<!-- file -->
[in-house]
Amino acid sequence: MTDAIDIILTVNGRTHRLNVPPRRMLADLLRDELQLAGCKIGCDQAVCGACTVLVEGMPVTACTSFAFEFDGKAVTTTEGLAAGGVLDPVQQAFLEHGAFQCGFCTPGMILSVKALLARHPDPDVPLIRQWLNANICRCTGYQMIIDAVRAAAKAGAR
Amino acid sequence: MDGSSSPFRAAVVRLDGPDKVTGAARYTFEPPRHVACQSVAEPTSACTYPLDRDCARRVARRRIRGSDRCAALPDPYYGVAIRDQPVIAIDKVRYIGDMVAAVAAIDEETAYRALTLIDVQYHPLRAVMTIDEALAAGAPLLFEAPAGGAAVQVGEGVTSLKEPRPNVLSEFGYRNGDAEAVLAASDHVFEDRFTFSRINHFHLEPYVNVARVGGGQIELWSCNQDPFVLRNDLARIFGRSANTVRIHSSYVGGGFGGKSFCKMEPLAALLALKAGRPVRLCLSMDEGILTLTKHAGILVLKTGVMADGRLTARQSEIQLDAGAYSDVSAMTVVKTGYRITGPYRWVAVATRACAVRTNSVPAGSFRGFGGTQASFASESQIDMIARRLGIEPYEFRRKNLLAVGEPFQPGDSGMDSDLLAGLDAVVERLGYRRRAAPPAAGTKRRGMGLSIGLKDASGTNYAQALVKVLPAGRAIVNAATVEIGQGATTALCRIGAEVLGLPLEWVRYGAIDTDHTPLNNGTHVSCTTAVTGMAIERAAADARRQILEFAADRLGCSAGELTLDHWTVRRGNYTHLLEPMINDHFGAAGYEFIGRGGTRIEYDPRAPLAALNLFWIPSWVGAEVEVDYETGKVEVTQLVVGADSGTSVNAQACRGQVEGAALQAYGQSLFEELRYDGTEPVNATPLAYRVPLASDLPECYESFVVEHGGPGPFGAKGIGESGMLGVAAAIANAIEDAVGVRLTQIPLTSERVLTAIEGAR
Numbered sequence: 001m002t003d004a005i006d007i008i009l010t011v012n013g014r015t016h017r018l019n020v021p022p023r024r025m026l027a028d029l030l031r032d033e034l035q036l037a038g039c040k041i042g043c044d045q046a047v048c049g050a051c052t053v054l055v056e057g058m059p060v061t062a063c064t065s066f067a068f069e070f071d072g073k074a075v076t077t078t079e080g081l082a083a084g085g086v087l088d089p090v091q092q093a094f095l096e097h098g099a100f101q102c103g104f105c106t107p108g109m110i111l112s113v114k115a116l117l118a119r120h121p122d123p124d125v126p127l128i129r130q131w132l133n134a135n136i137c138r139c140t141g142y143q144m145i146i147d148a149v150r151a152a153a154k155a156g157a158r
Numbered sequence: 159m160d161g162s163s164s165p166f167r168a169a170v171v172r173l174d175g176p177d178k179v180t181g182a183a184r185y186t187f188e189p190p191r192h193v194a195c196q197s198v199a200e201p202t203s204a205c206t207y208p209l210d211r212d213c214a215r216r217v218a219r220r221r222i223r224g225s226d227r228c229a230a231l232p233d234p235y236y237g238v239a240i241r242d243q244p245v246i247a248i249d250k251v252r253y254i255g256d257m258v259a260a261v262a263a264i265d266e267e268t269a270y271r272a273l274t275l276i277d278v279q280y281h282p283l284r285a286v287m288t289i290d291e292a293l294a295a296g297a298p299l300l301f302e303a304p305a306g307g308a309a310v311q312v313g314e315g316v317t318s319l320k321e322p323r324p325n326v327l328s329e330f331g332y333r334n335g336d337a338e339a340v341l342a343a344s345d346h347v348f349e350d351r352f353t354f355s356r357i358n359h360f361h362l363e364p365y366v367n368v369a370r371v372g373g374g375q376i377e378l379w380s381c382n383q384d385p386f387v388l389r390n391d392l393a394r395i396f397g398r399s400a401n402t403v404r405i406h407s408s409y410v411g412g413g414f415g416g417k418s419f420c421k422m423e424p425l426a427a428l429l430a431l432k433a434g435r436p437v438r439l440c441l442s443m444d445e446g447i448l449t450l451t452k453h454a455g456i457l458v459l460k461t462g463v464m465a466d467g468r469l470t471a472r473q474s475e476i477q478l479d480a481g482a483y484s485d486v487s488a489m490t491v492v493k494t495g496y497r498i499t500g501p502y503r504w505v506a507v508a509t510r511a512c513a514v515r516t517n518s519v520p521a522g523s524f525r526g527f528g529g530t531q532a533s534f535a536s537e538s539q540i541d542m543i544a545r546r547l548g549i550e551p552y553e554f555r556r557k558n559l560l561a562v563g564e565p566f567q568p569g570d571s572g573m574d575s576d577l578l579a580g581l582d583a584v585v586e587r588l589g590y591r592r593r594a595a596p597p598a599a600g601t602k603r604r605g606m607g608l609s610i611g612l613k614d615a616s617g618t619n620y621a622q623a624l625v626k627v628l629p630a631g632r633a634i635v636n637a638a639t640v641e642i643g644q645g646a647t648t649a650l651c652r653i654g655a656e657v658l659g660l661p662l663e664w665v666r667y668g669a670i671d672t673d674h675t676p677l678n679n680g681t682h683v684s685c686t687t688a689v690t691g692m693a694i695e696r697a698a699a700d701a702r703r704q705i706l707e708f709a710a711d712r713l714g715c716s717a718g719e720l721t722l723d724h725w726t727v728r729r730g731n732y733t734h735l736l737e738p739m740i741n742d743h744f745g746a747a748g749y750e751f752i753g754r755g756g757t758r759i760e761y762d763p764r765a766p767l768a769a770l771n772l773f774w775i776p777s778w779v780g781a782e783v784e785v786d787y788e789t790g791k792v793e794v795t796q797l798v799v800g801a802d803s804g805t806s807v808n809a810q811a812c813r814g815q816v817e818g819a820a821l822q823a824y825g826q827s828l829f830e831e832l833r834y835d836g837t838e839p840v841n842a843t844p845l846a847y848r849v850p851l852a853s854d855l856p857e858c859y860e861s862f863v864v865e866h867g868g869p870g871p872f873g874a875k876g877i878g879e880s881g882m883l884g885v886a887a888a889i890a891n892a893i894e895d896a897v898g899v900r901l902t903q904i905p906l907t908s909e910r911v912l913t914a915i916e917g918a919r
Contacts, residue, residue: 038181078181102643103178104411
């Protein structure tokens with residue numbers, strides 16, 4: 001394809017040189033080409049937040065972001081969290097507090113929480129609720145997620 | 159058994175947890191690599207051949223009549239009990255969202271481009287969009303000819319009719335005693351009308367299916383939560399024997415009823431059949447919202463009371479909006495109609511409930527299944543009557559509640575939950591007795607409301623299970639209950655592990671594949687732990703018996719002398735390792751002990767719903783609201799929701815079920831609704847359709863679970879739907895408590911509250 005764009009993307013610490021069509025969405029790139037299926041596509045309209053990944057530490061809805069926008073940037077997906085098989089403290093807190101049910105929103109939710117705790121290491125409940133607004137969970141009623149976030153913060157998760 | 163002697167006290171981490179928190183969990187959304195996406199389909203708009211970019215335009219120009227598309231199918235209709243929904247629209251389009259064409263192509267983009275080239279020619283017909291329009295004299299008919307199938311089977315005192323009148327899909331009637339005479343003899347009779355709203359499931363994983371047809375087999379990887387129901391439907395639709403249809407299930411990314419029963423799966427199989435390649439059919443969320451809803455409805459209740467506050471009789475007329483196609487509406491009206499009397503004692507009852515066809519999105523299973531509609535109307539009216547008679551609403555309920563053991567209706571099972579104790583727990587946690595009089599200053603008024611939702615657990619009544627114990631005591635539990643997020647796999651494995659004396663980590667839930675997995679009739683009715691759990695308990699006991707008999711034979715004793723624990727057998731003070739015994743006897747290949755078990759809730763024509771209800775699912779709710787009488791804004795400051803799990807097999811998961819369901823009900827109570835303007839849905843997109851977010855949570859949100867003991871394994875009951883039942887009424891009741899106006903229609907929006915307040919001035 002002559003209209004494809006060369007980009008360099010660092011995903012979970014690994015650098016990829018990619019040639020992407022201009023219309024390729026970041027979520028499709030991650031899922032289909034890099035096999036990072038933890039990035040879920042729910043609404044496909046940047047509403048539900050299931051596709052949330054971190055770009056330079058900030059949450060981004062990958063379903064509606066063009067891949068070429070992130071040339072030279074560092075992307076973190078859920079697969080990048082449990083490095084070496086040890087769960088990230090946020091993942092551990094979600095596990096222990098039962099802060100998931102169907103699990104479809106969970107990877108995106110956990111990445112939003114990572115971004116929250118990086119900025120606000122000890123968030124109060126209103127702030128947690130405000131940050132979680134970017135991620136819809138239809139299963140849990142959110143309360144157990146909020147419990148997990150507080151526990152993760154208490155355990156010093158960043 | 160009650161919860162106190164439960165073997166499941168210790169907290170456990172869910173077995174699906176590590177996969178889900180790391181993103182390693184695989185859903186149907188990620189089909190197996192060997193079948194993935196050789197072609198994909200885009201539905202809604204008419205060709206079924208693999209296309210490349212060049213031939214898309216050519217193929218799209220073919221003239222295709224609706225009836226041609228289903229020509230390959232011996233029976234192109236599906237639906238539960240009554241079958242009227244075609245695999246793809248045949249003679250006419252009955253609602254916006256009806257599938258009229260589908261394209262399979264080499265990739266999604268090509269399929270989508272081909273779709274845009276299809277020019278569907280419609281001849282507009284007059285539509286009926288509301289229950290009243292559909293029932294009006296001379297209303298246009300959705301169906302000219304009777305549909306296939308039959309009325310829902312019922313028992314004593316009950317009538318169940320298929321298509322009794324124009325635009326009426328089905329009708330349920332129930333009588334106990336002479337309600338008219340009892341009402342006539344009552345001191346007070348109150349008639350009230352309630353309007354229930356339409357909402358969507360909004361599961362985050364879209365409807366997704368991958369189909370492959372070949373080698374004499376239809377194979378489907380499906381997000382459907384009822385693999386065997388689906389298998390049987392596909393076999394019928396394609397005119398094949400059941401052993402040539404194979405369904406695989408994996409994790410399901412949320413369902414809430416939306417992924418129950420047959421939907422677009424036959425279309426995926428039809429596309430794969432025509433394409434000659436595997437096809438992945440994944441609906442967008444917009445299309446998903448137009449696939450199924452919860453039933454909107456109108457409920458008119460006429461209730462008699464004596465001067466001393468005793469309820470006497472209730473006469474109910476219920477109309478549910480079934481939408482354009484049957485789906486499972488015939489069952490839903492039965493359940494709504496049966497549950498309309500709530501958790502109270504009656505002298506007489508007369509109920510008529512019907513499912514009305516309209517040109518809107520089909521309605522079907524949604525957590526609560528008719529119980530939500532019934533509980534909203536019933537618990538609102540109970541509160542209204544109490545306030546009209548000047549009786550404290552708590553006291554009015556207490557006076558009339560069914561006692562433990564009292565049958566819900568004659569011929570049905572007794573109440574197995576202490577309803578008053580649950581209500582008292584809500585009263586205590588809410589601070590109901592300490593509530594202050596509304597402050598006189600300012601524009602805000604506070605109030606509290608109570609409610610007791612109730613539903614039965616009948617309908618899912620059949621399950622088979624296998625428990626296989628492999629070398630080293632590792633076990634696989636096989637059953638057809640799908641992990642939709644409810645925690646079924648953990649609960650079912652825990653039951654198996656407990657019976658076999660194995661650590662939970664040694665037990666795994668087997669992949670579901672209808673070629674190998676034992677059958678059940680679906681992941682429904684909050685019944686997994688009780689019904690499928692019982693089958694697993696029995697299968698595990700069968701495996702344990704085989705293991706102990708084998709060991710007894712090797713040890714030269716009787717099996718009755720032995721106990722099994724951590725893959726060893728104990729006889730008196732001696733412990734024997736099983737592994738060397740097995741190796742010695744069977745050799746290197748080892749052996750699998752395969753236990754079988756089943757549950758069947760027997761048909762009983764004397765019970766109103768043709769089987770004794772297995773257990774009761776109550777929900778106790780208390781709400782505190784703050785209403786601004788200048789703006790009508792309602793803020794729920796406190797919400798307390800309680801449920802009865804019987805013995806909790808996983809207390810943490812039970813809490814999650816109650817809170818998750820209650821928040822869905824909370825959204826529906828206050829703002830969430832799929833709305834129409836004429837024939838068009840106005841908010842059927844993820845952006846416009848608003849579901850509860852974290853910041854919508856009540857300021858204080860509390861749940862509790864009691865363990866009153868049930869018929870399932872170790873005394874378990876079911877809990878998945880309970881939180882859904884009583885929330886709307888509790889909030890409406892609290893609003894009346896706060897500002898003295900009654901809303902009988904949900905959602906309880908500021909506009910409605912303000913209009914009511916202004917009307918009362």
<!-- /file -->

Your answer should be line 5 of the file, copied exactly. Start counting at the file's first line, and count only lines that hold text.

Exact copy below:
Numbered sequence: 159m160d161g162s163s164s165p166f167r168a169a170v171v172r173l174d175g176p177d178k179v180t181g182a183a184r185y186t187f188e189p190p191r192h193v194a195c196q197s198v199a200e201p202t203s204a205c206t207y208p209l210d211r212d213c214a215r216r217v218a219r220r221r222i223r224g225s226d227r228c229a230a231l232p233d234p235y236y237g238v239a240i241r242d243q244p245v246i247a248i249d250k251v252r253y254i255g256d257m258v259a260a261v262a263a264i265d266e267e268t269a270y271r272a273l274t275l276i277d278v279q280y281h282p283l284r285a286v287m288t289i290d291e292a293l294a295a296g297a298p299l300l301f302e303a304p305a306g307g308a309a310v311q312v313g314e315g316v317t318s319l320k321e322p323r324p325n326v327l328s329e330f331g332y333r334n335g336d337a338e339a340v341l342a343a344s345d346h347v348f349e350d351r352f353t354f355s356r357i358n359h360f361h362l363e364p365y366v367n368v369a370r371v372g373g374g375q376i377e378l379w380s381c382n383q384d385p386f387v388l389r390n391d392l393a394r395i396f397g398r399s400a401n402t403v404r405i406h407s408s409y410v411g412g413g414f415g416g417k418s419f420c421k422m423e424p425l426a427a428l429l430a431l432k433a434g435r436p437v438r439l440c441l442s443m444d445e446g447i448l449t450l451t452k453h454a455g456i457l458v459l460k461t462g463v464m465a466d467g468r469l470t471a472r473q474s475e476i477q478l479d480a481g482a483y484s485d486v487s488a489m490t491v492v493k494t495g496y497r498i499t500g501p502y503r504w505v506a507v508a509t510r511a512c513a514v515r516t517n518s519v520p521a522g523s524f525r526g527f528g529g530t531q532a533s534f535a536s537e538s539q540i541d542m543i544a545r546r547l548g549i550e551p552y553e554f555r556r557k558n559l560l561a562v563g564e565p566f567q568p569g570d571s572g573m574d575s576d577l578l579a580g581l582d583a584v585v586e587r588l589g590y591r592r593r594a595a596p597p598a599a600g601t602k603r604r605g606m607g608l609s610i611g612l613k614d615a616s617g618t619n620y621a622q623a624l625v626k627v628l629p630a631g632r633a634i635v636n637a638a639t640v641e642i643g644q645g646a647t648t649a650l651c652r653i654g655a656e657v658l659g660l661p662l663e664w665v666r667y668g669a670i671d672t673d674h675t676p677l678n679n680g681t682h683v684s685c686t687t688a689v690t691g692m693a694i695e696r697a698a699a700d701a702r703r704q705i706l707e708f709a710a711d712r713l714g715c716s717a718g719e720l721t722l723d724h725w726t727v728r729r730g731n732y733t734h735l736l737e738p739m740i741n742d743h744f745g746a747a748g749y750e751f752i753g754r755g756g757t758r759i760e761y762d763p764r765a766p767l768a769a770l771n772l773f774w775i776p777s778w779v780g781a782e783v784e785v786d787y788e789t790g791k792v793e794v795t796q797l798v799v800g801a802d803s804g805t806s807v808n809a810q811a812c813r814g815q816v817e818g819a820a821l822q823a824y825g826q827s828l829f830e831e832l833r834y835d836g837t838e839p840v841n842a843t844p845l846a847y848r849v850p851l852a853s854d855l856p857e858c859y860e861s862f863v864v865e866h867g868g869p870g871p872f873g874a875k876g877i878g879e880s881g882m883l884g885v886a887a888a889i890a891n892a893i894e895d896a897v898g899v900r901l902t903q904i905p906l907t908s909e910r911v912l913t914a915i916e917g918a919r